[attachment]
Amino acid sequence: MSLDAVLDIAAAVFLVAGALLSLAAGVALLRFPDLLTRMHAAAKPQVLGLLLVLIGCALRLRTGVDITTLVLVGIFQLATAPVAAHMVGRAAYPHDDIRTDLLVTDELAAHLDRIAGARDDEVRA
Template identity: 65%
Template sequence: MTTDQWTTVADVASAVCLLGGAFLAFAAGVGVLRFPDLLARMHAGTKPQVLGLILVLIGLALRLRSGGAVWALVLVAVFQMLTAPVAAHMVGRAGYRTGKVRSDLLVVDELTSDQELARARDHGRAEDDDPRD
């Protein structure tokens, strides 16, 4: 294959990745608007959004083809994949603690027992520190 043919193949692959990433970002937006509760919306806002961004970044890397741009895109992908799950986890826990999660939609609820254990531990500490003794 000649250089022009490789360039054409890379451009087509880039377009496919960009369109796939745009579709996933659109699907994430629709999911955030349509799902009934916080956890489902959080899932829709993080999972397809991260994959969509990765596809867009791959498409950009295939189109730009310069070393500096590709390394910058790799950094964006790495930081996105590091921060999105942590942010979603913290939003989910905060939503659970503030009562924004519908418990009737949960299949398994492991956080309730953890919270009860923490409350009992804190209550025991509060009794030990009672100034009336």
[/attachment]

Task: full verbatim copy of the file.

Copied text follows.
Amino acid sequence: MSLDAVLDIAAAVFLVAGALLSLAAGVALLRFPDLLTRMHAAAKPQVLGLLLVLIGCALRLRTGVDITTLVLVGIFQLATAPVAAHMVGRAAYPHDDIRTDLLVTDELAAHLDRIAGARDDEVRA
Template identity: 65%
Template sequence: MTTDQWTTVADVASAVCLLGGAFLAFAAGVGVLRFPDLLARMHAGTKPQVLGLILVLIGLALRLRSGGAVWALVLVAVFQMLTAPVAAHMVGRAGYRTGKVRSDLLVVDELTSDQELARARDHGRAEDDDPRD
């Protein structure tokens, strides 16, 4: 294959990745608007959004083809994949603690027992520190 043919193949692959990433970002937006509760919306806002961004970044890397741009895109992908799950986890826990999660939609609820254990531990500490003794 000649250089022009490789360039054409890379451009087509880039377009496919960009369109796939745009579709996933659109699907994430629709999911955030349509799902009934916080956890489902959080899932829709993080999972397809991260994959969509990765596809867009791959498409950009295939189109730009310069070393500096590709390394910058790799950094964006790495930081996105590091921060999105942590942010979603913290939003989910905060939503659970503030009562924004519908418990009737949960299949398994492991956080309730953890919270009860923490409350009992804190209550025991509060009794030990009672100034009336």